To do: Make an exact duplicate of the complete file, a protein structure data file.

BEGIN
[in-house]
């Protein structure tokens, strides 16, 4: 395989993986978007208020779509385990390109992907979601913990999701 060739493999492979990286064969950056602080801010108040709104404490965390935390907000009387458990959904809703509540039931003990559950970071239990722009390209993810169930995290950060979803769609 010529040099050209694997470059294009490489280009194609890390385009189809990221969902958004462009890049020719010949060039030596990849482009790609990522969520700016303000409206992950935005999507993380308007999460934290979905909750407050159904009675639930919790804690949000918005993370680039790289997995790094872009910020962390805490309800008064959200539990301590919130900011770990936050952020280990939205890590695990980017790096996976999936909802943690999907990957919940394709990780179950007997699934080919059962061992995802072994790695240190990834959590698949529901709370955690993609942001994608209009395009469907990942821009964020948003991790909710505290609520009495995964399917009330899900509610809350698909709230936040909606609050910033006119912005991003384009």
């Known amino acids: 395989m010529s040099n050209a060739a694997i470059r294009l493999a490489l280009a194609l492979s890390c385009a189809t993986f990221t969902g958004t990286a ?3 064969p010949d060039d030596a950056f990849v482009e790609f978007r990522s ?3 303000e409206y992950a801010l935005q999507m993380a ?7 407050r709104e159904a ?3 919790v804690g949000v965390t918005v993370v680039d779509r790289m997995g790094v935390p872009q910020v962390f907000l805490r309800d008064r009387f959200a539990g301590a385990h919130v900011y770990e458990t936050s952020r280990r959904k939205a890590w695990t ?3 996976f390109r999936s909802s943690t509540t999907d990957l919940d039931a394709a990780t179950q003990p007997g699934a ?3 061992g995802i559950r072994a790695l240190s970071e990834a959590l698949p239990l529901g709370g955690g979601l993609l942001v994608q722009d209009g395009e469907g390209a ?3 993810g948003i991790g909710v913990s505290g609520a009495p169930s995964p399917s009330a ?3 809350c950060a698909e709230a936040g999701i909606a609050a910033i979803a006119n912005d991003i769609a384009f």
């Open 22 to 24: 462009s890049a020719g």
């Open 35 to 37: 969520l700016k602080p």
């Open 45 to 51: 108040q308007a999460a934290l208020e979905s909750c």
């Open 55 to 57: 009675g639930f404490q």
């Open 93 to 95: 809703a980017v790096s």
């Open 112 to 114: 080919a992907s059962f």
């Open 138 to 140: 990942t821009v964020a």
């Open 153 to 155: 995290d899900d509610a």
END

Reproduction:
[in-house]
């Protein structure tokens, strides 16, 4: 395989993986978007208020779509385990390109992907979601913990999701 060739493999492979990286064969950056602080801010108040709104404490965390935390907000009387458990959904809703509540039931003990559950970071239990722009390209993810169930995290950060979803769609 010529040099050209694997470059294009490489280009194609890390385009189809990221969902958004462009890049020719010949060039030596990849482009790609990522969520700016303000409206992950935005999507993380308007999460934290979905909750407050159904009675639930919790804690949000918005993370680039790289997995790094872009910020962390805490309800008064959200539990301590919130900011770990936050952020280990939205890590695990980017790096996976999936909802943690999907990957919940394709990780179950007997699934080919059962061992995802072994790695240190990834959590698949529901709370955690993609942001994608209009395009469907990942821009964020948003991790909710505290609520009495995964399917009330899900509610809350698909709230936040909606609050910033006119912005991003384009």
């Known amino acids: 395989m010529s040099n050209a060739a694997i470059r294009l493999a490489l280009a194609l492979s890390c385009a189809t993986f990221t969902g958004t990286a ?3 064969p010949d060039d030596a950056f990849v482009e790609f978007r990522s ?3 303000e409206y992950a801010l935005q999507m993380a ?7 407050r709104e159904a ?3 919790v804690g949000v965390t918005v993370v680039d779509r790289m997995g790094v935390p872009q910020v962390f907000l805490r309800d008064r009387f959200a539990g301590a385990h919130v900011y770990e458990t936050s952020r280990r959904k939205a890590w695990t ?3 996976f390109r999936s909802s943690t509540t999907d990957l919940d039931a394709a990780t179950q003990p007997g699934a ?3 061992g995802i559950r072994a790695l240190s970071e990834a959590l698949p239990l529901g709370g955690g979601l993609l942001v994608q722009d209009g395009e469907g390209a ?3 993810g948003i991790g909710v913990s505290g609520a009495p169930s995964p399917s009330a ?3 809350c950060a698909e709230a936040g999701i909606a609050a910033i979803a006119n912005d991003i769609a384009f």
């Open 22 to 24: 462009s890049a020719g």
């Open 35 to 37: 969520l700016k602080p």
């Open 45 to 51: 108040q308007a999460a934290l208020e979905s909750c």
């Open 55 to 57: 009675g639930f404490q």
């Open 93 to 95: 809703a980017v790096s």
């Open 112 to 114: 080919a992907s059962f």
């Open 138 to 140: 990942t821009v964020a």
């Open 153 to 155: 995290d899900d509610a």